Trying to go back to envision my past life was like trying to walk on a slippery surface. You had the illusion of movement, but couldn’t make any real headway. The hotel elevator was almost always filled with Georgian men who stared at my cowboy boots and asked me for my room number. I knew that everything that went on in that hotel, everything that was said and done was being observed by some invisible eye hiding behind a mirror or a double wall.
Her gaze into his eyes was private; outside, she was all brisk new-mom business. She tucked him face-first against her chest on walks and at the grocery. She bought a car seat and a baby jogger; in motion, no one asked questions.
Personally, I thought Philadelphia was a beautiful place. But I had to confess something too. I needed light as much as I needed darkness. So on days like this, when the sky was somewhere in between heaven and hell, and the clouds were up there, loitering with bad intentions, it didn’t feel like it threatened my fate. I needed days like this, even looked forward to them. Explain that to somebody.
Four days after the bar encounter, a gun arrived to my dorm as promised. I unpacked it in the locked bathroom and hefted it, all black and snug in my grip. A little practice, I’d hit a flea on a fence.
This September afternoon, though, she was bored in the house, eager to put off the task of making dinner—tacos yet again, Roy’s favorite, which meant dicing tomatoes, chopping onions, grating cheese, frying mediocre ground beef from the local Acme that stank at first with an aroma only the dog could appreciate.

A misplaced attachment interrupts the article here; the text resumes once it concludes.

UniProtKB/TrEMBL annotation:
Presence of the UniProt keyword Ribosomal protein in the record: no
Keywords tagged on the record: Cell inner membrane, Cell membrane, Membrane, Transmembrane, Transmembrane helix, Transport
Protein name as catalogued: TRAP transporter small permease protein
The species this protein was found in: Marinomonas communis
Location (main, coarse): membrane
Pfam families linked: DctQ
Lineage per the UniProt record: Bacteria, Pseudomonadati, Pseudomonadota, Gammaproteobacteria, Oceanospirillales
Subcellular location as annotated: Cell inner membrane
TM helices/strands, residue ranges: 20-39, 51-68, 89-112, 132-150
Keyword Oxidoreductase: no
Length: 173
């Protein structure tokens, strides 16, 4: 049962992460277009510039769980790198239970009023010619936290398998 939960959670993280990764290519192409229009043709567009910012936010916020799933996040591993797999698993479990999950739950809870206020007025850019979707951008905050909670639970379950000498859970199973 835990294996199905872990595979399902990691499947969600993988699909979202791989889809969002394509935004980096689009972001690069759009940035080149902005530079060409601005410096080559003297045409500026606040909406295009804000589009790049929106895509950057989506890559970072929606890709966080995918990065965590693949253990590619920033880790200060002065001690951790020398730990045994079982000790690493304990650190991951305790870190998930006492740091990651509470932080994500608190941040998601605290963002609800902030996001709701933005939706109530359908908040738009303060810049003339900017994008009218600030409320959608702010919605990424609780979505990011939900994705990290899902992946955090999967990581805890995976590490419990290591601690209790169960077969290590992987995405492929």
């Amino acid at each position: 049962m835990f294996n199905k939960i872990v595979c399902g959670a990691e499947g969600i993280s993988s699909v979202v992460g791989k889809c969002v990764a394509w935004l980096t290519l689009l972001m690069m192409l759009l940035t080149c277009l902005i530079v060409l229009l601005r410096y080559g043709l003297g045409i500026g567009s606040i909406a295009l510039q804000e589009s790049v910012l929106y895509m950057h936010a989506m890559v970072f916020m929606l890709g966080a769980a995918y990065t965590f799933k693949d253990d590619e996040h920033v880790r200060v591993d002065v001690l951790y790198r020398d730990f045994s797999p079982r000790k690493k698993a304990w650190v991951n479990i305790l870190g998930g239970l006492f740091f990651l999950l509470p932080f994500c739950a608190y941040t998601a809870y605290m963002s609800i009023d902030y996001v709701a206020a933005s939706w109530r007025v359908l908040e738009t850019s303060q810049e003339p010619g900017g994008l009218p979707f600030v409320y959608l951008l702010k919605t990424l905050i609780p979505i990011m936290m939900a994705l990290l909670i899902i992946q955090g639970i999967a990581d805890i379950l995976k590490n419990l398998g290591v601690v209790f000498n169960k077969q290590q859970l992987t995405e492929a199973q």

My route is a two-block circle. It takes me a little close to the cop station for this time of year, but this is my route. And it’s been mine since before the police moved to this side of Broad Street and away from all the crime. Fuck them anyway, I’m not even homeless. I just can’t stand to sleep at my house anymore.
Jeff says karate can make you so strong that anybody you touch will die. Once there was a man and lady who loved each other, but they could never touch each other because they knew karate. Kissing was okay. But no shaking hands. They loved each other so much they forgot. One day they were walking down the street and started to hold hands without thinking. Oh no! they cried. They looked at each other. They let go of their hands. It was too late. They were already dead.
I have purposefully brewed a pot of tea in her favorite oriental kettle even though she will want to take it, used the malformed cup her nephew made for her when we moved in together. It says, “To Ants,” which was once a cute misspelling of “Two Aunts.” Now, it seems like a prognostication for why our relationship would ultimately crumble: I spent too much time poring over my essays devoted to the rhetoric of female orgasms, and Angeline just spent too much time gardening.